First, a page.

(Black Press Media files)

Health Canada tightens marketing requirements for opioid prescriptions

In the first half of 2018 alone, 2,066 people across Canada died as a result of opioid overdoses

The federal government is adding more restrictions on how opioids can be marketed in Canada.

The move, announced Monday, comes as the country has seen more than 9,000 overdose-related deaths between January 2016 and June 2018.

In the first half of 2018 alone, 2,066 people across Canada died as a result of opioid overdoses.

B.C. has been the province hardest hit by the crisis: in 2018 alone, 1,489 died as a result of overdoses, with fentanyl to blame for 85 per cent of the deaths.

The new Health Canada guidelines state that all pamphlets, ads and marketing materials for opioids sold in Canada must only contain federally-approved statements.

The statements must all come verbatim from the Health Canada authorized product monogram and “convey the benefits and risks of opioids in a balanced way.”

The new rules apply to all Class B opioids equal to or stronger than morphine.

The announcement coincided with the launch of an online portal to stop the “illegal marketing of drugs and devices,” and months after Health Canada began requiring warning stickers on opioid prescriptions

READ MORE: Health Canada to require warning stickers on all opioid prescriptions

READ MORE: B.C. opioid overdoses still killing four people a day, health officials say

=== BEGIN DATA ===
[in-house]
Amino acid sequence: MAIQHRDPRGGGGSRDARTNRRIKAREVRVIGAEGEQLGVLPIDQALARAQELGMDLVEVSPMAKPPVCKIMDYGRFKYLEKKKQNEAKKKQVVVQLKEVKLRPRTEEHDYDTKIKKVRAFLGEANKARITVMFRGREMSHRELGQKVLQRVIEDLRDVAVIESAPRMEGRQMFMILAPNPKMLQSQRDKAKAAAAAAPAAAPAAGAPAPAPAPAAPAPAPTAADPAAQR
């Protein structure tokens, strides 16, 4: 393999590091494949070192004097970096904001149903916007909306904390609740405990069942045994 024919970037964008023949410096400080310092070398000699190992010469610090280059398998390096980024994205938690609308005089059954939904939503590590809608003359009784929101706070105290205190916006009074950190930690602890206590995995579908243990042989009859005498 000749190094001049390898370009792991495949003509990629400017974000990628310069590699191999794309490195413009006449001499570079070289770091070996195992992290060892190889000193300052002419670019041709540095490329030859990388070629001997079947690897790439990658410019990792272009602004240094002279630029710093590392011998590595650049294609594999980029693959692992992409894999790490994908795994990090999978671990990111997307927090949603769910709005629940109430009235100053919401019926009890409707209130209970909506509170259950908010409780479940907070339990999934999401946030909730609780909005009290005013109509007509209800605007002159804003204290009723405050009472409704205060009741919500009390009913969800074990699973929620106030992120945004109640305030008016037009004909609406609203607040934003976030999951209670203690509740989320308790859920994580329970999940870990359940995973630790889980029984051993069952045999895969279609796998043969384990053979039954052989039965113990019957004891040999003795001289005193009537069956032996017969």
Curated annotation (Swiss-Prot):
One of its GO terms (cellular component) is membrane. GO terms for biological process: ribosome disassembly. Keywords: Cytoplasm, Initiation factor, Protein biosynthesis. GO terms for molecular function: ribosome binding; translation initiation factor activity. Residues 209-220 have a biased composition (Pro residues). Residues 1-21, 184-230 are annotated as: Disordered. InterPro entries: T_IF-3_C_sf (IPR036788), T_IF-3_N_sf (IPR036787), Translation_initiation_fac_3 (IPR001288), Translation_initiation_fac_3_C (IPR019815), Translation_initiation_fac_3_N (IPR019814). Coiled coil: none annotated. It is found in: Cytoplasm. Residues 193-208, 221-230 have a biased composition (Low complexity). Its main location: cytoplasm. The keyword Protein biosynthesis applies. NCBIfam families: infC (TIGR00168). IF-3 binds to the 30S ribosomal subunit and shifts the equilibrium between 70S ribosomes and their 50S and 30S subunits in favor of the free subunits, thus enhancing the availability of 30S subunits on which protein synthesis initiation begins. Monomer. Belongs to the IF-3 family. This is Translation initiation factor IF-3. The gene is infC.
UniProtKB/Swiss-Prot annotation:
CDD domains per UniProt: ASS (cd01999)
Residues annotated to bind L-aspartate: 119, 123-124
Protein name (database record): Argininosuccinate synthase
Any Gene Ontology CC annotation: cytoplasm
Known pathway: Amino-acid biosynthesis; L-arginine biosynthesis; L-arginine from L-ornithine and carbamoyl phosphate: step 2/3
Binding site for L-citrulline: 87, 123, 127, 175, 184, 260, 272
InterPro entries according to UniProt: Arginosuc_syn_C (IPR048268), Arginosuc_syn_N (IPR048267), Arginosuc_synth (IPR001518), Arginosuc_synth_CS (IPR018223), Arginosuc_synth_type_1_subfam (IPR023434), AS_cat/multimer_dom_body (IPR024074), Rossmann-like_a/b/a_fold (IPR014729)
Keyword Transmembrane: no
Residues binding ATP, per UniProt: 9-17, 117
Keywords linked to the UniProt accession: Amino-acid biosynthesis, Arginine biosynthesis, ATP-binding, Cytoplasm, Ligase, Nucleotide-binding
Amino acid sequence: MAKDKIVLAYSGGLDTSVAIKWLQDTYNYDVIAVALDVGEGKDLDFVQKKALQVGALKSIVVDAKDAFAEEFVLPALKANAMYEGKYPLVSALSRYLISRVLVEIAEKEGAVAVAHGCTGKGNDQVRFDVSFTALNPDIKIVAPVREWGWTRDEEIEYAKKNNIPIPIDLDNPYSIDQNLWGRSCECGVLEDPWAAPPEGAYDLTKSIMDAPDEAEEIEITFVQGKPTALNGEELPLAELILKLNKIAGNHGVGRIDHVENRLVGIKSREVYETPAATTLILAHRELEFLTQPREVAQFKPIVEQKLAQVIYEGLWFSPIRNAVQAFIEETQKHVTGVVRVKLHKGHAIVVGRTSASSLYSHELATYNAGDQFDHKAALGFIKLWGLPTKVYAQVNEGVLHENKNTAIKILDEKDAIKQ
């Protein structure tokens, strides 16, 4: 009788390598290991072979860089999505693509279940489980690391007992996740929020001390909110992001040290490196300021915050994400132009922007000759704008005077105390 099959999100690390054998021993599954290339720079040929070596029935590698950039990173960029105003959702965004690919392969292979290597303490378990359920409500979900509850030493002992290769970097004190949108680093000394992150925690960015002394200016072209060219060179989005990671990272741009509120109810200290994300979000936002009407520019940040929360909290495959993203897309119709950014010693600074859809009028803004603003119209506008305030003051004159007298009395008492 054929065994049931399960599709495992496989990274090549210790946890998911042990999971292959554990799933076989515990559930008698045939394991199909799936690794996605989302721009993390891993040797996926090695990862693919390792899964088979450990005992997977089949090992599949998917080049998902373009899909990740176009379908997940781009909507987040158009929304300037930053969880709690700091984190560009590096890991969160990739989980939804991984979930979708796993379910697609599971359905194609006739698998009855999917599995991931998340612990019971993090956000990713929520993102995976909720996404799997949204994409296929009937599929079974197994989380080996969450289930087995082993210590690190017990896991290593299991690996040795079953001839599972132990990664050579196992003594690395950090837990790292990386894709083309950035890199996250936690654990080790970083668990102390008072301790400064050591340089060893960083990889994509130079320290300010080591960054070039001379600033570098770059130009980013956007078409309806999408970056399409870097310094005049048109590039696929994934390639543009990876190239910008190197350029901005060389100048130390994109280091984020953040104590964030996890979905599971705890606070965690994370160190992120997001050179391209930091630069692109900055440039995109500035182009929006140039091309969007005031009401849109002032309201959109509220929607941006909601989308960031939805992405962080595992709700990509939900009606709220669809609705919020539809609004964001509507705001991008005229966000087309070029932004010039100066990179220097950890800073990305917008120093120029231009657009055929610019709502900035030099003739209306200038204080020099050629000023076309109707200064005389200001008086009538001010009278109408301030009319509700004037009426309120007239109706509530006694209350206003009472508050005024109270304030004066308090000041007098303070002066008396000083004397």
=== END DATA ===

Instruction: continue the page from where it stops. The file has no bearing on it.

“I am deeply concerned by the ongoing opioid crisis, which is affecting Canadians from all walks of life. I recognize that advertising can influence the prescribing practices of health care professionals,” said federal Health Minister Ginette Petitpas Taylor.

“Today’s announcement will help us to ensure that health professionals are getting only factual information about these products, so that they can provide the best possible support to their patients.”


@katslepian

katya.slepian@bpdigital.ca

Like us on Facebook and follow us on Twitter.

Just Posted

Hear the music is getting louder

Fundraising gala to take place at Paddlewheel Hall on Friday, May 24.

Dusty streets nothing to cough at in Vernon

LETTER: Vernon isn’t any worse than any other city

Vernon medical cannabis shop shutting doors

Herb’s Health Centre has been operating without a city business licence for nearly a year

Vernon tests out two $10/day childcare sites

Katrine Conroy came to Vernon to tour universal child care prototype sites, including the one at Maven Lane

Killer of Calgary mother, daughter gets no parole for 50 years

A jury found Edward Downey guilty last year in the deaths of Sara Baillie, 34, and five-year-old Taliyah Marsman

Former Kelowna Rocket makes history with Great Britian at hockey championships

Jackson Whistle was part of the team’s first win at this level since 1962

Kelowna Blues repeat as touch football champions

The Kelowna Blues won the 39th Annual Maybowl Western Canada Touch Football Tournament b

Big White firefighters rescue frozen dog from ice

The fire crew found a dog stuck in the at Lake Paul on May 20

Okanagan woman hopes to bring attention to high number of medical errors in Canada

Retired nurse requires over 300 signatures for petition with June 13 deadline

Raptors beat Bucks 120-102 to even series at 2-2

Lowry pours in 25 as Toronto moves within two games of NBA Finals

Body of missing snowmobiler recovered from Great Slave Lake

Police confirm the body is that of one of three missing snowmobilers

Penticton sets cap of 14 cannabis stores, removes buffer zone

The city previously relied on a buffer zone and scoring matrix to limit number of stores

B.C. woman shares silk road journey in Vernon

A slideshow and presentation will be available at Gallery Vertigo on May 25

Most Read